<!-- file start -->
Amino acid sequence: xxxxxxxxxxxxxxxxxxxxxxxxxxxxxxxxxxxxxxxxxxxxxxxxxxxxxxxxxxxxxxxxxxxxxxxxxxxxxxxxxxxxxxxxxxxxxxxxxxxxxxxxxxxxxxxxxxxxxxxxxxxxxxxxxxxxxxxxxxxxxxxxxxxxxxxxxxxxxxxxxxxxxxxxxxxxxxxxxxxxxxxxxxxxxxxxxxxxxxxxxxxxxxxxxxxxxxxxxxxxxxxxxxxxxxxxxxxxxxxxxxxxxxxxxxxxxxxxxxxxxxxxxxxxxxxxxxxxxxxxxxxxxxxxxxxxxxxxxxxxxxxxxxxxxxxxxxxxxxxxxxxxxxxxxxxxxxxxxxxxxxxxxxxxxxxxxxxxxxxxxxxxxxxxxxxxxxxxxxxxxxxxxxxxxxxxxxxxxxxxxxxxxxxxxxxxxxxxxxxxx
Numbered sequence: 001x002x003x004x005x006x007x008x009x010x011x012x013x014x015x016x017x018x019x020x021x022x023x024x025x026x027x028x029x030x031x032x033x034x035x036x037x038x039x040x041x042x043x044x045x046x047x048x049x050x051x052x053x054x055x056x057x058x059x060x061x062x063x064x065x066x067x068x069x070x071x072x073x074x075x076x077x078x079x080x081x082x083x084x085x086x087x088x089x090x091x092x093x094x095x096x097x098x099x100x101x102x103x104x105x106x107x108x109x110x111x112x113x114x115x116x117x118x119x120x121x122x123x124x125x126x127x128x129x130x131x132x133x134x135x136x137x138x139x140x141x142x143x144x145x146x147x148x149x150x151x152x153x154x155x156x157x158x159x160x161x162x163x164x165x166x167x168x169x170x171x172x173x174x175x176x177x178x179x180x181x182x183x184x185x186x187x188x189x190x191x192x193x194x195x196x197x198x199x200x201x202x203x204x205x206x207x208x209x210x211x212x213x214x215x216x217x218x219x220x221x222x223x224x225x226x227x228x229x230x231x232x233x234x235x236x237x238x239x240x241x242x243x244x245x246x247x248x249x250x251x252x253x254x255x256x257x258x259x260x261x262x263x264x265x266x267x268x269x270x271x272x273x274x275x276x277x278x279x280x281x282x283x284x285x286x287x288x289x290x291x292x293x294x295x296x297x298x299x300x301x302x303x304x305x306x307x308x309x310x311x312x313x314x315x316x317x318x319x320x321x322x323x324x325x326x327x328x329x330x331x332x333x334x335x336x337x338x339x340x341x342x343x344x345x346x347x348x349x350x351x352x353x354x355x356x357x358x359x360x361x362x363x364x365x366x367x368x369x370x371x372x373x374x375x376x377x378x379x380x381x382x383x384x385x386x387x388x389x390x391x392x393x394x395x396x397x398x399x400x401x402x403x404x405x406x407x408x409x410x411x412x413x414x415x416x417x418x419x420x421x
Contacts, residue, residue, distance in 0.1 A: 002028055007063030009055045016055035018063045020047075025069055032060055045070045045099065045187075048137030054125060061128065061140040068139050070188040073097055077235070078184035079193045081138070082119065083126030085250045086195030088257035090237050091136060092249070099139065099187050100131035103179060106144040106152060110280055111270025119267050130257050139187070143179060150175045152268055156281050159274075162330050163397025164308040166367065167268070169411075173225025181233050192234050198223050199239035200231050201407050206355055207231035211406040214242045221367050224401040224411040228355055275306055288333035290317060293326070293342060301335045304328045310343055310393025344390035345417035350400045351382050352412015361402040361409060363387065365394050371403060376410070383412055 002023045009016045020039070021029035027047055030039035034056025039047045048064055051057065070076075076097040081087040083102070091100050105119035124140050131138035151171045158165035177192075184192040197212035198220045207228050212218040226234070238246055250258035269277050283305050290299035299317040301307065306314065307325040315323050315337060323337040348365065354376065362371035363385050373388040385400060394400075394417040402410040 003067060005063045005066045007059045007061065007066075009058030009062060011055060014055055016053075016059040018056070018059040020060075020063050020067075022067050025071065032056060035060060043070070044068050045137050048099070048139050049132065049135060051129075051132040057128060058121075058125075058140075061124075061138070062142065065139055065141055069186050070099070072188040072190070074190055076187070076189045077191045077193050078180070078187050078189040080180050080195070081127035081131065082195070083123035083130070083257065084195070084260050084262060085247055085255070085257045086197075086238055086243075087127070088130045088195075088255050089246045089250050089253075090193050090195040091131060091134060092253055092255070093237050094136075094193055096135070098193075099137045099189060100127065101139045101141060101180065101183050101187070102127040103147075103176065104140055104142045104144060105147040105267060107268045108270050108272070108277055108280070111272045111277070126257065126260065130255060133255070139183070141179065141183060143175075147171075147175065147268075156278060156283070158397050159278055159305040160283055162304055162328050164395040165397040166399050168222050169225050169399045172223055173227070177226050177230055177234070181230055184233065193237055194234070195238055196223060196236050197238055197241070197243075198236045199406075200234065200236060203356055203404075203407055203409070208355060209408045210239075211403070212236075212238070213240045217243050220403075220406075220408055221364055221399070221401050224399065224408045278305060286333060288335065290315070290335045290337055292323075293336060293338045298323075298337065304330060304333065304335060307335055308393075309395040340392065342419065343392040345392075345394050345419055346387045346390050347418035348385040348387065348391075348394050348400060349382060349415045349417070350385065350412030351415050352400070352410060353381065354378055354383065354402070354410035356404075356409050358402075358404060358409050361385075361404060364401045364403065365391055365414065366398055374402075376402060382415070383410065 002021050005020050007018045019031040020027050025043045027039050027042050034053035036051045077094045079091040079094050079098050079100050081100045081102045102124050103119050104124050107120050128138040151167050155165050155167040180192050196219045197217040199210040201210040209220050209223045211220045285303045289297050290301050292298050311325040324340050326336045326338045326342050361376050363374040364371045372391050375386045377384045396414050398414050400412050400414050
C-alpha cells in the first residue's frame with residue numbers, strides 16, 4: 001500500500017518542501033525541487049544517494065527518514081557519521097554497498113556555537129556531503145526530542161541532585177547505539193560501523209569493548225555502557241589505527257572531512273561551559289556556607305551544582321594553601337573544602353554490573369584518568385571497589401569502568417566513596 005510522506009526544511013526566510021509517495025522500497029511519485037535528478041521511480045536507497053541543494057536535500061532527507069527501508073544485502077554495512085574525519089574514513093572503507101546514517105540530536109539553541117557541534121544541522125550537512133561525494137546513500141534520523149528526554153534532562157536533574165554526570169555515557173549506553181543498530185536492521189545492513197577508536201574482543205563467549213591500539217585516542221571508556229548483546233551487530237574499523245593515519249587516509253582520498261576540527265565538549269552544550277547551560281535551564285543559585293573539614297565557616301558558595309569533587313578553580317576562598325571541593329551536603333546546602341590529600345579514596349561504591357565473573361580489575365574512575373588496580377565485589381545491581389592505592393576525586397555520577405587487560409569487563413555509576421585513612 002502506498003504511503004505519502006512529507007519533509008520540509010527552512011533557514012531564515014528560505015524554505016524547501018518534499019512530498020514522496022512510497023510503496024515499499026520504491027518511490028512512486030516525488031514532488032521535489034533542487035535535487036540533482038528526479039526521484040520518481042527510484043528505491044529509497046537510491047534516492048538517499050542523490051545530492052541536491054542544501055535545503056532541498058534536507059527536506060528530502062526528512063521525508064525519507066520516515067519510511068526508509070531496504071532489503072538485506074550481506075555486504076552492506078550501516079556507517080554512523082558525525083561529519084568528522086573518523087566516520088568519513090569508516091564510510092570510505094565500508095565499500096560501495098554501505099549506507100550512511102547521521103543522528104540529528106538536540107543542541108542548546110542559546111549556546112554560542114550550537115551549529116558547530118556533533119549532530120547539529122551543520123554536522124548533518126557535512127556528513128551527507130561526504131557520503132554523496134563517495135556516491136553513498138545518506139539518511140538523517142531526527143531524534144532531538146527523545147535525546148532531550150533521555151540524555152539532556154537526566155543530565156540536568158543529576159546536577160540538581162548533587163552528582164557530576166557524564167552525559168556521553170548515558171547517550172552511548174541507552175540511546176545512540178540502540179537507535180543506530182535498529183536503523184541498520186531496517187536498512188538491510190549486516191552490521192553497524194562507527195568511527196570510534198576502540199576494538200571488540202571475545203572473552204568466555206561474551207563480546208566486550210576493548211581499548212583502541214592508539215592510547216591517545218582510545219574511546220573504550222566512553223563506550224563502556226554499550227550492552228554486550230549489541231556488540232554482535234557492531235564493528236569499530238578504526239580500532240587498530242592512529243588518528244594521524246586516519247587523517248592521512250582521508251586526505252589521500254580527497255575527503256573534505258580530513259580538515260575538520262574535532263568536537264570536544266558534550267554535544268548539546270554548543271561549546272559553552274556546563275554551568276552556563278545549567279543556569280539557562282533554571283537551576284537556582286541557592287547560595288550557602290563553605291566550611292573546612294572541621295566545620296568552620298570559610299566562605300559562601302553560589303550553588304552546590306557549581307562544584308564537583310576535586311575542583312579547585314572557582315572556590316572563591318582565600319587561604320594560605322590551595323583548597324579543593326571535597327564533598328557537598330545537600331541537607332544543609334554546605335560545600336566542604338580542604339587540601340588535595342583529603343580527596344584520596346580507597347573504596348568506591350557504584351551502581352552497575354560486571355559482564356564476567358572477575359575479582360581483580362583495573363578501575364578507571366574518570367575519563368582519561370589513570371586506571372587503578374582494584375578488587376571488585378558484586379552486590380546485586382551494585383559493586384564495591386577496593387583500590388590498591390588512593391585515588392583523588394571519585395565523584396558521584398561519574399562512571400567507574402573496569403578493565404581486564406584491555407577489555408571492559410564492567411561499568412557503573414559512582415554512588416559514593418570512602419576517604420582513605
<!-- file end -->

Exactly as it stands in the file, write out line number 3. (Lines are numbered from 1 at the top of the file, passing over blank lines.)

Contacts, residue, residue, distance in 0.1 A: 002028055007063030009055045016055035018063045020047075025069055032060055045070045045099065045187075048137030054125060061128065061140040068139050070188040073097055077235070078184035079193045081138070082119065083126030085250045086195030088257035090237050091136060092249070099139065099187050100131035103179060106144040106152060110280055111270025119267050130257050139187070143179060150175045152268055156281050159274075162330050163397025164308040166367065167268070169411075173225025181233050192234050198223050199239035200231050201407050206355055207231035211406040214242045221367050224401040224411040228355055275306055288333035290317060293326070293342060301335045304328045310343055310393025344390035345417035350400045351382050352412015361402040361409060363387065365394050371403060376410070383412055 002023045009016045020039070021029035027047055030039035034056025039047045048064055051057065070076075076097040081087040083102070091100050105119035124140050131138035151171045158165035177192075184192040197212035198220045207228050212218040226234070238246055250258035269277050283305050290299035299317040301307065306314065307325040315323050315337060323337040348365065354376065362371035363385050373388040385400060394400075394417040402410040 003067060005063045005066045007059045007061065007066075009058030009062060011055060014055055016053075016059040018056070018059040020060075020063050020067075022067050025071065032056060035060060043070070044068050045137050048099070048139050049132065049135060051129075051132040057128060058121075058125075058140075061124075061138070062142065065139055065141055069186050070099070072188040072190070074190055076187070076189045077191045077193050078180070078187050078189040080180050080195070081127035081131065082195070083123035083130070083257065084195070084260050084262060085247055085255070085257045086197075086238055086243075087127070088130045088195075088255050089246045089250050089253075090193050090195040091131060091134060092253055092255070093237050094136075094193055096135070098193075099137045099189060100127065101139045101141060101180065101183050101187070102127040103147075103176065104140055104142045104144060105147040105267060107268045108270050108272070108277055108280070111272045111277070126257065126260065130255060133255070139183070141179065141183060143175075147171075147175065147268075156278060156283070158397050159278055159305040160283055162304055162328050164395040165397040166399050168222050169225050169399045172223055173227070177226050177230055177234070181230055184233065193237055194234070195238055196223060196236050197238055197241070197243075198236045199406075200234065200236060203356055203404075203407055203409070208355060209408045210239075211403070212236075212238070213240045217243050220403075220406075220408055221364055221399070221401050224399065224408045278305060286333060288335065290315070290335045290337055292323075293336060293338045298323075298337065304330060304333065304335060307335055308393075309395040340392065342419065343392040345392075345394050345419055346387045346390050347418035348385040348387065348391075348394050348400060349382060349415045349417070350385065350412030351415050352400070352410060353381065354378055354383065354402070354410035356404075356409050358402075358404060358409050361385075361404060364401045364403065365391055365414065366398055374402075376402060382415070383410065 002021050005020050007018045019031040020027050025043045027039050027042050034053035036051045077094045079091040079094050079098050079100050081100045081102045102124050103119050104124050107120050128138040151167050155165050155167040180192050196219045197217040199210040201210040209220050209223045211220045285303045289297050290301050292298050311325040324340050326336045326338045326342050361376050363374040364371045372391050375386045377384045396414050398414050400412050400414050